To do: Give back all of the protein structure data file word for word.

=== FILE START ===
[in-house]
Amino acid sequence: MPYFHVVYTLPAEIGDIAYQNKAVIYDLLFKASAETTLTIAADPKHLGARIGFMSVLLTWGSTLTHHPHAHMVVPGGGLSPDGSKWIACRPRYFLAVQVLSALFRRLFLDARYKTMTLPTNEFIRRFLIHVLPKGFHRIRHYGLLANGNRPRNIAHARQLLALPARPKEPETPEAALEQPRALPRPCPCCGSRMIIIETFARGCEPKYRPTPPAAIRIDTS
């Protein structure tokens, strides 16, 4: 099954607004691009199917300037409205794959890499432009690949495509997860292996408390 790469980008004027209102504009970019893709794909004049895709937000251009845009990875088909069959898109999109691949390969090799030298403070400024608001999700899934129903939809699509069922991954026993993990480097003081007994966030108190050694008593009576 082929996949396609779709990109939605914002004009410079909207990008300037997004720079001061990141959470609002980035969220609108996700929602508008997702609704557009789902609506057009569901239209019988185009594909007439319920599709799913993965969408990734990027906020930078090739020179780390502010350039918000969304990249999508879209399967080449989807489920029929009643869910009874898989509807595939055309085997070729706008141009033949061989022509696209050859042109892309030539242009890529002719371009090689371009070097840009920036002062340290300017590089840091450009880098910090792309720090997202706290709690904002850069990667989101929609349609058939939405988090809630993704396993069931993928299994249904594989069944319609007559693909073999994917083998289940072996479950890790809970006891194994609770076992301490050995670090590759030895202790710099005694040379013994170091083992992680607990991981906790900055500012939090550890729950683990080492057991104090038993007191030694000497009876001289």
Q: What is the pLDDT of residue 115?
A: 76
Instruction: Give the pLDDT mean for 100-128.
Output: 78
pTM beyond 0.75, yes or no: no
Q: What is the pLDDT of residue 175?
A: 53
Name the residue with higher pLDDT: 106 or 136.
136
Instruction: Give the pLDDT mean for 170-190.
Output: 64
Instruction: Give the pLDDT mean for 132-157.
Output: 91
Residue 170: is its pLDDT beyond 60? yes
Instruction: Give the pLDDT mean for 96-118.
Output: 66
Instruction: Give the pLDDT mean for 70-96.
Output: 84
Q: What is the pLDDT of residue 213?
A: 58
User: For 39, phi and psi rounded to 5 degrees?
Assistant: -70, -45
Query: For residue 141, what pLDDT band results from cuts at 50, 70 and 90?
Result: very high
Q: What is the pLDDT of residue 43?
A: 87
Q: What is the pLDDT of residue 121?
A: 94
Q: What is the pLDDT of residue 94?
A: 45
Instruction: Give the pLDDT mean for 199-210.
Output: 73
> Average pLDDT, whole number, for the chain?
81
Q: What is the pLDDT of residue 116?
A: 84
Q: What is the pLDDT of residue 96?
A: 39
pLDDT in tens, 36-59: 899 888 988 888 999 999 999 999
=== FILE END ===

[in-house]
Amino acid sequence: MPYFHVVYTLPAEIGDIAYQNKAVIYDLLFKASAETTLTIAADPKHLGARIGFMSVLLTWGSTLTHHPHAHMVVPGGGLSPDGSKWIACRPRYFLAVQVLSALFRRLFLDARYKTMTLPTNEFIRRFLIHVLPKGFHRIRHYGLLANGNRPRNIAHARQLLALPARPKEPETPEAALEQPRALPRPCPCCGSRMIIIETFARGCEPKYRPTPPAAIRIDTS
């Protein structure tokens, strides 16, 4: 099954607004691009199917300037409205794959890499432009690949495509997860292996408390 790469980008004027209102504009970019893709794909004049895709937000251009845009990875088909069959898109999109691949390969090799030298403070400024608001999700899934129903939809699509069922991954026993993990480097003081007994966030108190050694008593009576 082929996949396609779709990109939605914002004009410079909207990008300037997004720079001061990141959470609002980035969220609108996700929602508008997702609704557009789902609506057009569901239209019988185009594909007439319920599709799913993965969408990734990027906020930078090739020179780390502010350039918000969304990249999508879209399967080449989807489920029929009643869910009874898989509807595939055309085997070729706008141009033949061989022509696209050859042109892309030539242009890529002719371009090689371009070097840009920036002062340290300017590089840091450009880098910090792309720090997202706290709690904002850069990667989101929609349609058939939405988090809630993704396993069931993928299994249904594989069944319609007559693909073999994917083998289940072996479950890790809970006891194994609770076992301490050995670090590759030895202790710099005694040379013994170091083992992680607990991981906790900055500012939090550890729950683990080492057991104090038993007191030694000497009876001289």
Q: What is the pLDDT of residue 115?
A: 76
Instruction: Give the pLDDT mean for 100-128.
Output: 78
pTM beyond 0.75, yes or no: no
Q: What is the pLDDT of residue 175?
A: 53
Name the residue with higher pLDDT: 106 or 136.
136
Instruction: Give the pLDDT mean for 170-190.
Output: 64
Instruction: Give the pLDDT mean for 132-157.
Output: 91
Residue 170: is its pLDDT beyond 60? yes
Instruction: Give the pLDDT mean for 96-118.
Output: 66
Instruction: Give the pLDDT mean for 70-96.
Output: 84
Q: What is the pLDDT of residue 213?
A: 58
User: For 39, phi and psi rounded to 5 degrees?
Assistant: -70, -45
Query: For residue 141, what pLDDT band results from cuts at 50, 70 and 90?
Result: very high
Q: What is the pLDDT of residue 43?
A: 87
Q: What is the pLDDT of residue 121?
A: 94
Q: What is the pLDDT of residue 94?
A: 45
Instruction: Give the pLDDT mean for 199-210.
Output: 73
> Average pLDDT, whole number, for the chain?
81
Q: What is the pLDDT of residue 116?
A: 84
Q: What is the pLDDT of residue 96?
A: 39
pLDDT in tens, 36-59: 899 888 988 888 999 999 999 999